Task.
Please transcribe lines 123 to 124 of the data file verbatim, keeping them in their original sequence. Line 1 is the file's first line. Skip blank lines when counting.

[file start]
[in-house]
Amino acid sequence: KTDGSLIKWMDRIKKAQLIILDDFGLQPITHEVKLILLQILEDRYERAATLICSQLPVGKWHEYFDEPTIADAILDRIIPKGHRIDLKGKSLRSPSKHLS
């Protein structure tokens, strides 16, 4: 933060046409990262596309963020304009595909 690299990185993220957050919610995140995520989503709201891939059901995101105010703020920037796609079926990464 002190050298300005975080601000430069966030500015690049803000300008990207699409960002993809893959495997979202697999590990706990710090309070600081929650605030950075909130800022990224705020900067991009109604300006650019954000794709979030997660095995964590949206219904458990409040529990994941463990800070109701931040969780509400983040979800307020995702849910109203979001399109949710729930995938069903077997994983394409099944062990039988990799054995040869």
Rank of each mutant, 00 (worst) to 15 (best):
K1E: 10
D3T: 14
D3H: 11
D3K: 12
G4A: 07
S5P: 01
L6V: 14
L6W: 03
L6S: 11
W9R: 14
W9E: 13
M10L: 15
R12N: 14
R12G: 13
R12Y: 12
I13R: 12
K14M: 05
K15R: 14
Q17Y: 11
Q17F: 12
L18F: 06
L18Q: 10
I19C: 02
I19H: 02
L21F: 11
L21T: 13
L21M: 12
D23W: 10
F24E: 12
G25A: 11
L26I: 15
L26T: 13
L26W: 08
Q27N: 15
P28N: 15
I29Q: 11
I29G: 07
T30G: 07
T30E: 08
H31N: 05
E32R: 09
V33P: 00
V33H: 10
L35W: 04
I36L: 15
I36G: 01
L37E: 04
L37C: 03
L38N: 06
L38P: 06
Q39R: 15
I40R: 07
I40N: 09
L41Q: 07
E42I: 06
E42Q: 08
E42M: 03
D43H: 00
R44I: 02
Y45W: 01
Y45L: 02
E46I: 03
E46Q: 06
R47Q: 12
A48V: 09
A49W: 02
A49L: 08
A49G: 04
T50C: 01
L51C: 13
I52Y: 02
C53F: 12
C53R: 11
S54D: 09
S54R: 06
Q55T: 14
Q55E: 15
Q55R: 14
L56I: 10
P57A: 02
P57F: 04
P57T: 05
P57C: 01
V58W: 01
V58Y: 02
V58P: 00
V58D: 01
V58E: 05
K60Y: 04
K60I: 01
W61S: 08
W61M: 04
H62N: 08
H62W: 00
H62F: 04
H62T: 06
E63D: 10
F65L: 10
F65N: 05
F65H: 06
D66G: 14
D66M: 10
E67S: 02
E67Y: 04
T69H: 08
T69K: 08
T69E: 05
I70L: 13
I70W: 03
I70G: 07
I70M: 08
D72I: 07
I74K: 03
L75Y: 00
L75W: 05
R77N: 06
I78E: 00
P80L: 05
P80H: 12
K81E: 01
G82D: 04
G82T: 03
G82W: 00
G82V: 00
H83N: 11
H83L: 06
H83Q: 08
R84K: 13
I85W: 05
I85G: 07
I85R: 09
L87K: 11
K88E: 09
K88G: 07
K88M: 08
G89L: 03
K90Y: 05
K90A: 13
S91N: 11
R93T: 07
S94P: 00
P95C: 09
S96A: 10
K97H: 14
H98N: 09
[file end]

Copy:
P80H: 12
K81E: 01